The Danish parliament is set on to approve the plan which would introduce customs checks on the country’s land borders, a move which Germans and some in the European Union is an affront to freedom of movement in Europe.
A final decision was expected to happen Friday but has been postponed until next week after demands by the centre-left opposition Social Democrats.
Germany has argued that it would be a violation of the Schengen travel-free area, which allows movement without passport checks between member states.
This week Danish justice minister Lars Barfoed called criticism of the plan, “terrible nonsense,” after German Foreign Ministry official Warner Hoyer fretted about countries “playing with the fire of nationalism.”
The German ambassador to Denmark also joined in the fray, strongly criticizing the Danes and earning a strong rebuke from right-wing politicians.
“Denmark is aware of our criticism on their plan,” said German Interior Minister Hans-Peter Friedrich while attending talks with European Union Counterparts on Thursday.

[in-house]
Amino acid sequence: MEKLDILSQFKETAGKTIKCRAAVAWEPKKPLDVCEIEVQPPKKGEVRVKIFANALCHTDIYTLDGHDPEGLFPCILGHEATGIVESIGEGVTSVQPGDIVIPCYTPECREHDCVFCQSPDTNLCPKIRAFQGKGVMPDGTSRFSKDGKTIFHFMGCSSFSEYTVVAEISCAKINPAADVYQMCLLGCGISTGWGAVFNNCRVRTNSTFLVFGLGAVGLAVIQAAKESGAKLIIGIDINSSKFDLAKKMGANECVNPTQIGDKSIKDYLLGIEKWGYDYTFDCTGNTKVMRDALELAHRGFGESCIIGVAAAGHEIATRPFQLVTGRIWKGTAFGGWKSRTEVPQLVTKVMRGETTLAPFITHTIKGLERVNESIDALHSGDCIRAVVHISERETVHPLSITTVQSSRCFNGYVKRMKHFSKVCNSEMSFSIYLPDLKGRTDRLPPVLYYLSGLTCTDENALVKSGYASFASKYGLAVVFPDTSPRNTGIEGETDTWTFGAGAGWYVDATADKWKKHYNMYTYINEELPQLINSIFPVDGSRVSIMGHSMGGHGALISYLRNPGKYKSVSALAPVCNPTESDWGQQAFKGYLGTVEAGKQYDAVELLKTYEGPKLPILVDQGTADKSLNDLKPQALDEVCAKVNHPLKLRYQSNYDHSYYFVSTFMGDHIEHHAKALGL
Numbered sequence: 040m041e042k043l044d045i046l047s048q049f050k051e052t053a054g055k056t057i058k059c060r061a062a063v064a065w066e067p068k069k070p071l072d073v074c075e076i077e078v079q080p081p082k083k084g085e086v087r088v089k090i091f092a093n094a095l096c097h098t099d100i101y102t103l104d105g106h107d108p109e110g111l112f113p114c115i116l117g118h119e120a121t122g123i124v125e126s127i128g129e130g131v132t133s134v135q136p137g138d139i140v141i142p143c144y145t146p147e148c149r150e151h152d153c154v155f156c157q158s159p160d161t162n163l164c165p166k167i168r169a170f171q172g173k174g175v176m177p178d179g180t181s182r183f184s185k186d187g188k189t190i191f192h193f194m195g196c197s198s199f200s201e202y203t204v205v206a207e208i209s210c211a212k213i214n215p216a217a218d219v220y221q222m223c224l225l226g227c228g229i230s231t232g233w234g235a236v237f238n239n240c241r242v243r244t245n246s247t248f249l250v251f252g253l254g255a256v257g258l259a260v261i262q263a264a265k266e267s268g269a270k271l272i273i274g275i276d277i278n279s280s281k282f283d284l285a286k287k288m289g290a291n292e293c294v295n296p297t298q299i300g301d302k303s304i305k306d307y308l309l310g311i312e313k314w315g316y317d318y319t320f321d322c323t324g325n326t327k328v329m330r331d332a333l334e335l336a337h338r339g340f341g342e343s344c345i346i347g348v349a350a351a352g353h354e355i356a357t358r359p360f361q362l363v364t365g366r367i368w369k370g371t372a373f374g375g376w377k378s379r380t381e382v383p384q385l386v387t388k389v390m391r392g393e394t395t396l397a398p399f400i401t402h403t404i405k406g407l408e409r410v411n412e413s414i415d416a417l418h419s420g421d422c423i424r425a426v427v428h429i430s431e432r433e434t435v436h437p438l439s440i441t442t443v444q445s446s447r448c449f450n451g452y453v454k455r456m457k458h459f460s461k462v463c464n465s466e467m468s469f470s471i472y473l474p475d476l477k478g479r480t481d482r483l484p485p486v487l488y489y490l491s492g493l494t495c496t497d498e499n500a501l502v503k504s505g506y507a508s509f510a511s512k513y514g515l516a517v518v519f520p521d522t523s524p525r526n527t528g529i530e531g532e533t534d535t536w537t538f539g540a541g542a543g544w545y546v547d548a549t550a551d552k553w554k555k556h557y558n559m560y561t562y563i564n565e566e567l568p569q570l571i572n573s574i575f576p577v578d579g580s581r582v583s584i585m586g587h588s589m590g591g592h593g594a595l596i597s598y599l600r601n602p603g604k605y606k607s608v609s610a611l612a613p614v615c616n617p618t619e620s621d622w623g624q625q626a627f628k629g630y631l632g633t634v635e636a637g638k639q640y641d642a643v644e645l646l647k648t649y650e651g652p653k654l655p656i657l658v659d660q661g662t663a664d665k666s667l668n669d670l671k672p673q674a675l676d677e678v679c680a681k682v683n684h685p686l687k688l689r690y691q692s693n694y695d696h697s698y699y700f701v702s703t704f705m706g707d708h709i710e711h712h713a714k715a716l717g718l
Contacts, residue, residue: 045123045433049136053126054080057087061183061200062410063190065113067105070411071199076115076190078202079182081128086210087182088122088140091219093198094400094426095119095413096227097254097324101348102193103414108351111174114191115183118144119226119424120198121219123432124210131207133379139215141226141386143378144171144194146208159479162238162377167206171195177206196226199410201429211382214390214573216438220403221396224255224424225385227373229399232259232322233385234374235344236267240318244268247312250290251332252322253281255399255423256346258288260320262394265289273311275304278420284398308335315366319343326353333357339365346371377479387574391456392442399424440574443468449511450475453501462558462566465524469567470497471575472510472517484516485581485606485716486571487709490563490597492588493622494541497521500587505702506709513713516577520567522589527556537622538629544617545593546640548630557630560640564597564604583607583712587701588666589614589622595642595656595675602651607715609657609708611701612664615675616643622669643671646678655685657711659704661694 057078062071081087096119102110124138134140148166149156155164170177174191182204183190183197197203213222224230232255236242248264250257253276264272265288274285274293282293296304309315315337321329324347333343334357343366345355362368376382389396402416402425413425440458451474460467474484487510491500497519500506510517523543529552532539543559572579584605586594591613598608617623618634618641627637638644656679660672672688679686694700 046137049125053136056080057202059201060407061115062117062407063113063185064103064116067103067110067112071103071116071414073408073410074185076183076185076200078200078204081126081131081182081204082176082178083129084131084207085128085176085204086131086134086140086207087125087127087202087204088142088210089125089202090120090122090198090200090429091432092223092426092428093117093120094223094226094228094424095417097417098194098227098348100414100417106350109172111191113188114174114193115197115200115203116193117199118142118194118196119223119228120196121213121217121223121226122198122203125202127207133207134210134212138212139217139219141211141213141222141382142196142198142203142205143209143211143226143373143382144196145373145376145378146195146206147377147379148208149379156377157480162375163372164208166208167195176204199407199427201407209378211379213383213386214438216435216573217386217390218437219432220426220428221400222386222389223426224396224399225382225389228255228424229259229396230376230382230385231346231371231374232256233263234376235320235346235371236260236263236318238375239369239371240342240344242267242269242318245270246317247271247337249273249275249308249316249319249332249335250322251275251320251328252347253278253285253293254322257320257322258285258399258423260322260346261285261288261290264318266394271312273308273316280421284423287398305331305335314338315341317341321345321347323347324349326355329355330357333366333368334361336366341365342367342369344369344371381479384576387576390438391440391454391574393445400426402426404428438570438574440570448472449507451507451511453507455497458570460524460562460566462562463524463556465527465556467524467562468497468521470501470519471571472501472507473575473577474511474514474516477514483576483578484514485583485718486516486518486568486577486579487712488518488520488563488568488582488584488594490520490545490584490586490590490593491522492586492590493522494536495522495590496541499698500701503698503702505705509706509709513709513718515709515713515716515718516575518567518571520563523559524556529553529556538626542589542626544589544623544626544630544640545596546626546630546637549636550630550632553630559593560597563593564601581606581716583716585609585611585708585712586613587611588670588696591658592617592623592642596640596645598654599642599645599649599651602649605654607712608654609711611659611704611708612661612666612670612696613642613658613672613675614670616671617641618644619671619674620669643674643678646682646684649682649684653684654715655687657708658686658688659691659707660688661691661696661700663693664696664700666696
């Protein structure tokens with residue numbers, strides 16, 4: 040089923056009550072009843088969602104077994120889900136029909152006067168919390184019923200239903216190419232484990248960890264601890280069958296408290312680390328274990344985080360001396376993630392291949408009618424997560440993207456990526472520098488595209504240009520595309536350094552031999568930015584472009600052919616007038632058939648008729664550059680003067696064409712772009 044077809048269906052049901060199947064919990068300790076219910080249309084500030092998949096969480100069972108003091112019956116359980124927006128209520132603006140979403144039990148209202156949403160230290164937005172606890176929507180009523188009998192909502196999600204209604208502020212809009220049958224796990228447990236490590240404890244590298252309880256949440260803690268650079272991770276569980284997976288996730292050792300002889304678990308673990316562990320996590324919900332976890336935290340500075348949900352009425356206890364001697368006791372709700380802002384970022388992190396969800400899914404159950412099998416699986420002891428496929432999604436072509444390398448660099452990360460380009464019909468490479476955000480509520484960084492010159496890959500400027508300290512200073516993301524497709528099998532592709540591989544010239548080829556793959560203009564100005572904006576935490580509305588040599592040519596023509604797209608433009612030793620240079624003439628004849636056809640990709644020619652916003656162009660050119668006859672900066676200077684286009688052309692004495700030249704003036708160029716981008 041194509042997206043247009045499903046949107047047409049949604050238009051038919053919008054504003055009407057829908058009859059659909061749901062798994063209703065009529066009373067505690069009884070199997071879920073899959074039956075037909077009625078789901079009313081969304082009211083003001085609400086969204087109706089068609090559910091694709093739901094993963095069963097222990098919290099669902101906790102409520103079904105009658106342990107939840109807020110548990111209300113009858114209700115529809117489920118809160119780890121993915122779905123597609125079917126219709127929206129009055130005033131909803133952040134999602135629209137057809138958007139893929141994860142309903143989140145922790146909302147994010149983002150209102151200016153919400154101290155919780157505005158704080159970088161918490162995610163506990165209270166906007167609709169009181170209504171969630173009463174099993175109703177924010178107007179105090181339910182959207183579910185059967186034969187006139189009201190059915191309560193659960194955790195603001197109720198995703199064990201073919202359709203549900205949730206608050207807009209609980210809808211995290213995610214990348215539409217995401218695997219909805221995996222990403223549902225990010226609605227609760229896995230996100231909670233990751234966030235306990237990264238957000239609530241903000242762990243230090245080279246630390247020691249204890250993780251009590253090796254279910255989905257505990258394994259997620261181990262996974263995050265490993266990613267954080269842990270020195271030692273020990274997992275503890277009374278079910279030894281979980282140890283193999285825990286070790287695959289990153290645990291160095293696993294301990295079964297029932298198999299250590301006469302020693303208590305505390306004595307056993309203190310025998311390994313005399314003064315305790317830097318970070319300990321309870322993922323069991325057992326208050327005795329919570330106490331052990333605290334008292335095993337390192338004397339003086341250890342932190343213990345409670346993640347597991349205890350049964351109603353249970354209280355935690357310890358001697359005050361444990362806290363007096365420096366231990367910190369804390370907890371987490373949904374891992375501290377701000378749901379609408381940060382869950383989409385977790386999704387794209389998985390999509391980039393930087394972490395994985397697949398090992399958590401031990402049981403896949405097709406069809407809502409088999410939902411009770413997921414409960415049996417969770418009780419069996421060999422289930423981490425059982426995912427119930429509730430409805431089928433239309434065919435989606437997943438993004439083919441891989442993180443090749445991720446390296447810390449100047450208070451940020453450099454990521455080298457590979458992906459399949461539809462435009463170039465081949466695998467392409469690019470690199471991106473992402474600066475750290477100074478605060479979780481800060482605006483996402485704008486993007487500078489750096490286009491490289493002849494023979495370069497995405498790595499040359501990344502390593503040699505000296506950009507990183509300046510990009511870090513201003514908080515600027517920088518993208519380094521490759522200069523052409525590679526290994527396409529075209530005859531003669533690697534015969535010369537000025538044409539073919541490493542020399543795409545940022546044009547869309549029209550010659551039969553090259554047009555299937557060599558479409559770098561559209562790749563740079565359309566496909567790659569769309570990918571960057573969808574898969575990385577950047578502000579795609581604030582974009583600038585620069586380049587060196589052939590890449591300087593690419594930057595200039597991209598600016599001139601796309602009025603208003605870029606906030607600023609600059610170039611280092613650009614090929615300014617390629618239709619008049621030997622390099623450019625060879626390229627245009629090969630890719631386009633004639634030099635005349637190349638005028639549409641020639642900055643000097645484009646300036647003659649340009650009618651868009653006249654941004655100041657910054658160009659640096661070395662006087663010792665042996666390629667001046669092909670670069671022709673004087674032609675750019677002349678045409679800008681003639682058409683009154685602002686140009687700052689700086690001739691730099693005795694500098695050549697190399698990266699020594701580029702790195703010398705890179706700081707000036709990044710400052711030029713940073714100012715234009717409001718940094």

“We do not want to initiate a conflict with Denmark, but we will ask clear questions,” he said. “We cannot accept that Schengen be undermined.”
Denmark, where the populist far-right is an increasingly significant political force, announced last month it would re-establish controls on its borders stopping travellers in the case of suspicion of criminal activity such as drug-trafficking.
It says the checks will not be a violation of European freedom-of-movement regulations, in part because passport checks are not being reintroduced.
The dispute comes as EU governments have been struggling with thorny questions surrounding immigration following instability in the Middle East. In particular, France has heavily criticized Italy for giving Tunisian refugees temporary visas in order for them to travel within the EU.